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E-waste Mass Generates Opportunities

Release date: 
August 20, 2010
Release Number: 

Pasadena, Ca. -- When the magnitude 7.2 earthquake struck Imperial County April 4, the powerful temblor knocked computer monitors, television sets, stereos and microwaves and other electronic devices off countertops, tables and shelves, shattering the hardware and creating a mass of e-waste.

The Imperial Valley Resource Management Agency estimated 60 tons of electronic debris had to be collected for recycling and disposal following the shaking, according to its application for federal and state reimbursement for the costs associated with collecting the debris in the month after the earthquake.

 Mitigation specialists from the Federal Emergency Management Agency (FEMA) and the California Emergency Management Agency (Cal EMA) say with a little time and minimal cost, fragile electronic items can be secured so that they remain safely anchored during an earthquake.

 "Many earthquake related injuries in California are caused by falling and moving furniture and electronic equipment such as computers, televisions and stereos," says Ken Worman of Cal EMA, who is serving as State Hazard Mitigation Officer for the earthquake recovery effort. "Making sure these items are properly secured to tabletops, desk tops and shelves will reduce the risk of injuries."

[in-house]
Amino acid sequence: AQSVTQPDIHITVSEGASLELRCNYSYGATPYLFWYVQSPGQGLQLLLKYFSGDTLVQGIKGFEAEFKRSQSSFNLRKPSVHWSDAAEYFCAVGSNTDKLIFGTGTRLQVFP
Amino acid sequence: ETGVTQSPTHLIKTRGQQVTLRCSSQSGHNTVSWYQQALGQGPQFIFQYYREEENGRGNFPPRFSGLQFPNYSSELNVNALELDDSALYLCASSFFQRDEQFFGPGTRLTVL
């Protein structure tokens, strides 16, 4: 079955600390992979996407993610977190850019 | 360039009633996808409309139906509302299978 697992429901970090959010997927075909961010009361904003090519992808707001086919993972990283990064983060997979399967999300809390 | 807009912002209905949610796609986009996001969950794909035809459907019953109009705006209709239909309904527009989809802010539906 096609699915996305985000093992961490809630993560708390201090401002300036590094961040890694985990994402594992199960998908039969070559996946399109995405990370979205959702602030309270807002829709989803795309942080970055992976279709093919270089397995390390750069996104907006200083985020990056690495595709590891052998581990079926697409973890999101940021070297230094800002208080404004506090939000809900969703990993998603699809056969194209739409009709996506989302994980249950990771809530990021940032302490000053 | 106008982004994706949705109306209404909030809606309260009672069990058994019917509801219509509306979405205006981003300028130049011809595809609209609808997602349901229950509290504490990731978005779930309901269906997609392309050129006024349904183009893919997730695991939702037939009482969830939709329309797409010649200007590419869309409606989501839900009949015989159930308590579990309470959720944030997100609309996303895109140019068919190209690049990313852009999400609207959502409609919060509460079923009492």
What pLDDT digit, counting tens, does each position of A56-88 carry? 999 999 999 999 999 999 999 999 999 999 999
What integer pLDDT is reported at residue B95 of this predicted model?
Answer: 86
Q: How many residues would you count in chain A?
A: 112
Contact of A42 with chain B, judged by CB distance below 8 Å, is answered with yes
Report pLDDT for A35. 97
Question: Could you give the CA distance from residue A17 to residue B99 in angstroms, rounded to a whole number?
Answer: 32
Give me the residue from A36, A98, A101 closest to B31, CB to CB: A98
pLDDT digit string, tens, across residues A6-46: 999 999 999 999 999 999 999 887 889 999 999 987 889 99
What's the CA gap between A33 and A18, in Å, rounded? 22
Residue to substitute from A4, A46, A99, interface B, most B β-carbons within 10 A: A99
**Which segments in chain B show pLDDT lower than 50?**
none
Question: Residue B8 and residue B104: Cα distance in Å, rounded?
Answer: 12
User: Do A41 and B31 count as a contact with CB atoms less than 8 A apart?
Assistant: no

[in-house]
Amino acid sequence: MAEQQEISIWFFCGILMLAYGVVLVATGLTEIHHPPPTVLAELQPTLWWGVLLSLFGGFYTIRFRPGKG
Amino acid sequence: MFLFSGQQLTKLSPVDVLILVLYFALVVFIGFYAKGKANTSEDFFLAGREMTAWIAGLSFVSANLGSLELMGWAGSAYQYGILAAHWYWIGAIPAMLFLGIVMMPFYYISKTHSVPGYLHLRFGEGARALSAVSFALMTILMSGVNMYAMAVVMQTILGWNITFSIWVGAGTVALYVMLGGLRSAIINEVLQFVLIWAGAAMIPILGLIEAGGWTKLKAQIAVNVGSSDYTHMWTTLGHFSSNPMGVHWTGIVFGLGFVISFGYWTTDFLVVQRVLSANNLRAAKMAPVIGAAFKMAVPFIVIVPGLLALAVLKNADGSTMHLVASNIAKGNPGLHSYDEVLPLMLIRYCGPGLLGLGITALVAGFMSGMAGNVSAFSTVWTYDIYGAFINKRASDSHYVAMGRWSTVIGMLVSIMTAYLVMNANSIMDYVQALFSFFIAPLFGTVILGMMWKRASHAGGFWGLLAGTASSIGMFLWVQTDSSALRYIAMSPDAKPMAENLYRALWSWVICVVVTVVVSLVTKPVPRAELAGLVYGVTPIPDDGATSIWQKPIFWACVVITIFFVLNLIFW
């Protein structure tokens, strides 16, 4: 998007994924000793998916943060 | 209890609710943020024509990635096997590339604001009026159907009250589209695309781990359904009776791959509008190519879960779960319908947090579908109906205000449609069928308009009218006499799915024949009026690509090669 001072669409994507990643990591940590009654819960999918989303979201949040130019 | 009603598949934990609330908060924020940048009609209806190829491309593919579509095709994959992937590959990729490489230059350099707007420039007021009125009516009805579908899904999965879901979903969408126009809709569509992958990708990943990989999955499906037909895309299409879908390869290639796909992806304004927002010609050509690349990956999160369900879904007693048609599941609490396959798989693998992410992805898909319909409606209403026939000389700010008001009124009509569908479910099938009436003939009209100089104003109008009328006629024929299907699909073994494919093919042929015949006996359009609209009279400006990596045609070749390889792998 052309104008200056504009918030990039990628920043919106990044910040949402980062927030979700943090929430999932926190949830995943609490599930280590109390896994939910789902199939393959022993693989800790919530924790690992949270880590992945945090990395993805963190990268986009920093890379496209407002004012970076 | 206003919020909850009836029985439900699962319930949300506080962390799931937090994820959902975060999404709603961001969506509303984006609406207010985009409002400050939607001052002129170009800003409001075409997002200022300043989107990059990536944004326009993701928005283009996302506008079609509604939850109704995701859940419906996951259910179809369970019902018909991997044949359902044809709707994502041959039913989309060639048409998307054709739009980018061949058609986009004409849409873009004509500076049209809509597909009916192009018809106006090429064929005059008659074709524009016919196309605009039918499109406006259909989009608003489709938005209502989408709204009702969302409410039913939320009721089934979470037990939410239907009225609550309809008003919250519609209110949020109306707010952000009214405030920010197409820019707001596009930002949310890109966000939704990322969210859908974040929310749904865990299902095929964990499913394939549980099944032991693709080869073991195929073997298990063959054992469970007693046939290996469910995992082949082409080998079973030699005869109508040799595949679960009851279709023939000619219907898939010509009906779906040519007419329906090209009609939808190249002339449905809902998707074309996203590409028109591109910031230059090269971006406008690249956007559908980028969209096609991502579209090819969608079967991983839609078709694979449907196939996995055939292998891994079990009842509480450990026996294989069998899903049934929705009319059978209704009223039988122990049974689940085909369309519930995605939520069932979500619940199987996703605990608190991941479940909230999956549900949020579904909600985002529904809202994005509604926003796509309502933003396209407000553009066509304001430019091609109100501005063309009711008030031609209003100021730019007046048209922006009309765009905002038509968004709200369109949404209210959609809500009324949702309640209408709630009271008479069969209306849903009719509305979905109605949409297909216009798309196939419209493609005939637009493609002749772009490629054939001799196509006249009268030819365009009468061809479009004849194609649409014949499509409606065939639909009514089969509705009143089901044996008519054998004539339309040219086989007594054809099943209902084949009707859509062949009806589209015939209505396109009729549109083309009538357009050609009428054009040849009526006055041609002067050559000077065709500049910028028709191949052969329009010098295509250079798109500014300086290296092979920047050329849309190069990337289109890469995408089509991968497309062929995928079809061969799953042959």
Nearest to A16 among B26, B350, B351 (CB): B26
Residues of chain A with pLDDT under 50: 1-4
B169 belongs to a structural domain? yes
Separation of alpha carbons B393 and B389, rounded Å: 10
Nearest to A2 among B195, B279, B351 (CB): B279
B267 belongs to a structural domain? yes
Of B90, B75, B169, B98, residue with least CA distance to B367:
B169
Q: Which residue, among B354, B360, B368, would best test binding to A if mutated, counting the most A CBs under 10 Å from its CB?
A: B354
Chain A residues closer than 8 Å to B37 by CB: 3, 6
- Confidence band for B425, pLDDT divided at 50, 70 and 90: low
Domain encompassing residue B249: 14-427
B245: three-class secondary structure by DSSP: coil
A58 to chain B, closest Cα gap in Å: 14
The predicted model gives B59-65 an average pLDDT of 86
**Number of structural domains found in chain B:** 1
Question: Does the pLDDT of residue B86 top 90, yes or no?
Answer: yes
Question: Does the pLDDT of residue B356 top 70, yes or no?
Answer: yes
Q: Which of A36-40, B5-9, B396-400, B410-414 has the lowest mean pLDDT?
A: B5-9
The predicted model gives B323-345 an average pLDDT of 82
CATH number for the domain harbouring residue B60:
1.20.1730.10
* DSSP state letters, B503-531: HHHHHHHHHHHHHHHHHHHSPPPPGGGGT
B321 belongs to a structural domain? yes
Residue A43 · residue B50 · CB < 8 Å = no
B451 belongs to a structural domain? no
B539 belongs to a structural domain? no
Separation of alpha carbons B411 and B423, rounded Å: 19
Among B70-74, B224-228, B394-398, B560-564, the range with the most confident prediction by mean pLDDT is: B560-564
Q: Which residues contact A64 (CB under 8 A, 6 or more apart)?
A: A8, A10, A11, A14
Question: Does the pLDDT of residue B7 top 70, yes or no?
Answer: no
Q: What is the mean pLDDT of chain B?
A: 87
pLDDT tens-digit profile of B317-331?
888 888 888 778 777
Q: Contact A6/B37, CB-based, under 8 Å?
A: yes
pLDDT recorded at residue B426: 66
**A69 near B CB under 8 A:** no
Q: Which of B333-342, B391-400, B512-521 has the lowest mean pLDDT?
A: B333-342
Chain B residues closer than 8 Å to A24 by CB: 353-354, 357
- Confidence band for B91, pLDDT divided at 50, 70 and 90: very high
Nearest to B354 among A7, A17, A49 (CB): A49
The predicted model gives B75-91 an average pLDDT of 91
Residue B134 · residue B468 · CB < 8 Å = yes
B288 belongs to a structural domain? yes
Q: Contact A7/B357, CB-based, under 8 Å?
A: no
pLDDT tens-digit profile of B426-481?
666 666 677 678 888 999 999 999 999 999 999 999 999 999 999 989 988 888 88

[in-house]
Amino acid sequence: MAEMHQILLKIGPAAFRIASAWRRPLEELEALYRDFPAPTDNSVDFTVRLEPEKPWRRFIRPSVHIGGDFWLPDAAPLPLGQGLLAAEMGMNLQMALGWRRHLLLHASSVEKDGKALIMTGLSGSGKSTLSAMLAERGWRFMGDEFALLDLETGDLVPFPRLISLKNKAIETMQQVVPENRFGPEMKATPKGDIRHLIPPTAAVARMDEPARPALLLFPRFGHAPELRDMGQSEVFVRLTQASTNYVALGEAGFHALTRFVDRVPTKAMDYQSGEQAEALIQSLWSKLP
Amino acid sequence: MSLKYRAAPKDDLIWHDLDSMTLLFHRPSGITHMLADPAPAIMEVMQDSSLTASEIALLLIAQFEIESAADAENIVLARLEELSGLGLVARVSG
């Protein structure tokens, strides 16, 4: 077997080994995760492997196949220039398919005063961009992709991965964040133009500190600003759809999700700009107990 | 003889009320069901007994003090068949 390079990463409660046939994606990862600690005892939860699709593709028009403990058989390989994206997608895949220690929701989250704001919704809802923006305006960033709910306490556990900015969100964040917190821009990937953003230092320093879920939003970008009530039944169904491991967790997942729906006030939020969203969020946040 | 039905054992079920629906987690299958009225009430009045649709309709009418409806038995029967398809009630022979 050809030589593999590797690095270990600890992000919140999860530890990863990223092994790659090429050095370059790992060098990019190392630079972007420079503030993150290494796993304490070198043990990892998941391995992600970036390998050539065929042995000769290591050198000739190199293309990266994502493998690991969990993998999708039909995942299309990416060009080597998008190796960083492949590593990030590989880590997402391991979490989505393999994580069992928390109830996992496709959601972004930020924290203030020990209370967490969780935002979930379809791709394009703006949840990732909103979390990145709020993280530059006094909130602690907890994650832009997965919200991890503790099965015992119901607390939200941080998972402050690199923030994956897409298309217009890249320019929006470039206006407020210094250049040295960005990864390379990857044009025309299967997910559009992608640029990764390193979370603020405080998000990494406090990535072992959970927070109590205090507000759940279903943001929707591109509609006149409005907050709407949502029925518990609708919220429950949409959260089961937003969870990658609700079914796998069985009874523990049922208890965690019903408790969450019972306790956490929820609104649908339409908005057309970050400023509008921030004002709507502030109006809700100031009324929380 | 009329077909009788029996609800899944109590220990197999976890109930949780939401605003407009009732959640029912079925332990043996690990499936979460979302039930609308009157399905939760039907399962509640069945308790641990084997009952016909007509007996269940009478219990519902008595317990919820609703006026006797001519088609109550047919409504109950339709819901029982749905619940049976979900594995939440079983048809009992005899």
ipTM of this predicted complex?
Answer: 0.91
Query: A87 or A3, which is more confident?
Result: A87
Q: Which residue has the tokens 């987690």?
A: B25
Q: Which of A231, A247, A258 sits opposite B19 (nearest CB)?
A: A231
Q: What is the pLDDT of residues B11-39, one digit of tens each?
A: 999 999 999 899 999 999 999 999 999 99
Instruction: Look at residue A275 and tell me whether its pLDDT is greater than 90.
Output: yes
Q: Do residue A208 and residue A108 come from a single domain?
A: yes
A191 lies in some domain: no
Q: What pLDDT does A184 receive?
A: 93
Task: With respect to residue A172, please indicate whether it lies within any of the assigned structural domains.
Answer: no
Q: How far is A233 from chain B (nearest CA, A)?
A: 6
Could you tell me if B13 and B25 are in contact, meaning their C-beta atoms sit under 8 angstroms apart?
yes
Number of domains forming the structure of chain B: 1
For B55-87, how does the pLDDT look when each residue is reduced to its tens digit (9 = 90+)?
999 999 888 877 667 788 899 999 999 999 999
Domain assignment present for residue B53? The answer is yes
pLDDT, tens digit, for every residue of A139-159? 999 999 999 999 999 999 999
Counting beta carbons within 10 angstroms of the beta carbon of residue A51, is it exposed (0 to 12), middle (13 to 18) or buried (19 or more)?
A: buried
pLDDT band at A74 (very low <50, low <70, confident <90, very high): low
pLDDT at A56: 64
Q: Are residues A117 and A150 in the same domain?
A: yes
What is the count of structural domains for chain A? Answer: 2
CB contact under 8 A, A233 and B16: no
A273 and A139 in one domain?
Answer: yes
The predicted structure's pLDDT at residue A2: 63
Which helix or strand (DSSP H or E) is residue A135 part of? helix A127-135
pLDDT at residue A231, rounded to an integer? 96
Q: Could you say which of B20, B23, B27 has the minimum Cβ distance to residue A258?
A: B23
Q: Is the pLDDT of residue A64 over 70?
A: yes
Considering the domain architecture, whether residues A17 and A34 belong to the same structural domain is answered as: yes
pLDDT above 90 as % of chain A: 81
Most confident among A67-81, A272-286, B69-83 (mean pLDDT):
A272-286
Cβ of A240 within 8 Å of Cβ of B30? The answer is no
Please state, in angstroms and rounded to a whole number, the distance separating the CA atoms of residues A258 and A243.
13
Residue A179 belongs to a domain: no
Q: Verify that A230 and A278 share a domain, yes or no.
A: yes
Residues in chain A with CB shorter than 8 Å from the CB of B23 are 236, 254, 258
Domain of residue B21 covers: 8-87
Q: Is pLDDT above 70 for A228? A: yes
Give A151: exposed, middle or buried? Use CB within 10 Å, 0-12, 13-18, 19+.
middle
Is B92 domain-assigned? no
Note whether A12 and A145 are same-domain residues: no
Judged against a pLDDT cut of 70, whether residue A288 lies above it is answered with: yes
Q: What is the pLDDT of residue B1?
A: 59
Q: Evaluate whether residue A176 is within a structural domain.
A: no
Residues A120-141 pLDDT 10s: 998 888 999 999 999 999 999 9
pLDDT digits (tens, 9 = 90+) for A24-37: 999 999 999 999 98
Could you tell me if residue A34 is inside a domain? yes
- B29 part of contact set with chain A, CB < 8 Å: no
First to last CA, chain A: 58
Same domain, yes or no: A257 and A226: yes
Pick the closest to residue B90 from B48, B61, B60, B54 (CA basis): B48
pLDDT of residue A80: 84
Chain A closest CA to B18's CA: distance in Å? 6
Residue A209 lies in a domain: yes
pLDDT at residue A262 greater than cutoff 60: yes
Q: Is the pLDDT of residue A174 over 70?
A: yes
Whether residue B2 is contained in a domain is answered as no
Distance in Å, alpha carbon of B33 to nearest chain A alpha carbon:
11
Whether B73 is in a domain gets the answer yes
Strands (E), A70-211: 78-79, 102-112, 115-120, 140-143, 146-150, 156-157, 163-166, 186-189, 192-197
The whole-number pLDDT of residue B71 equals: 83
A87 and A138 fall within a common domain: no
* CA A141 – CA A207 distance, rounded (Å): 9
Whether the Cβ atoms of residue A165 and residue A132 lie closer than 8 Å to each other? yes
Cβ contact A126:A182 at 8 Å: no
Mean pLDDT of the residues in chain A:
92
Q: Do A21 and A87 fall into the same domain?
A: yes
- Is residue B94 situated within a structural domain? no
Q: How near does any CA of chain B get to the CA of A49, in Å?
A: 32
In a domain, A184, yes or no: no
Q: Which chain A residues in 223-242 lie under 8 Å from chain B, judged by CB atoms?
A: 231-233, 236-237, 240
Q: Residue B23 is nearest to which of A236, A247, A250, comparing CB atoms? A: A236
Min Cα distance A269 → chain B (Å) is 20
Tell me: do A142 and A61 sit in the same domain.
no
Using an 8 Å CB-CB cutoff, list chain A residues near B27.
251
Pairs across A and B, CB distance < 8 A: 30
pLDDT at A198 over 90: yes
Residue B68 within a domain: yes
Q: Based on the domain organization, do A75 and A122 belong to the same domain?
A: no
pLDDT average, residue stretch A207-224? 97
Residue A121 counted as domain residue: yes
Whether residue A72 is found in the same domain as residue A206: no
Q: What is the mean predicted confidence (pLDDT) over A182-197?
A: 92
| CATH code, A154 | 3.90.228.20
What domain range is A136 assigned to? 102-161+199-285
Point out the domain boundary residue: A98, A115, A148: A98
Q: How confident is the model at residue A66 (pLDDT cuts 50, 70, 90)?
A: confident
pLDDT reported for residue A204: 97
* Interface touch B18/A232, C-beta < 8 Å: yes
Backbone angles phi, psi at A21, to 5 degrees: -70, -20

Phillip Wang, FEMA Mitigation Specialist, advises "taking these steps now will prevent injuries, reduce the risk of future damage to property, and minimize the financial burden of having to repair or replace these often expensive items."

Most hardware and home improvement stores carry earthquake safety straps and fasteners that quickly secure electronic equipment yet still allow for easy removal and relocation.

 The mitigation specialists say that an item heavy enough to hurt someone if it falls on them or expensive enough to be a significant loss if it breaks from a fall should be secured. And they remind people that things like computer monitors, televisions, stereos and microwaves fit both those categories.

 FEMA's Hazard Mitigation Grant Program (HMGP) can assist in funding these types of non-structural retrofit projects on an even larger scale such as for critical facilities, public buildings, and schools.  FEMA officials encourage local governments to work with Cal EMA and start the process of applying for HMGP.

Additional information about securing electronic and other hazards is available at 

 FEMA's mission is to support our citizens and first responders to ensure that as a nation we work together to build, sustain, and improve our capability to prepare for, protect against, respond to, recover from, and mitigate all hazards.

Last Updated: 
July 8, 2017 - 10:44
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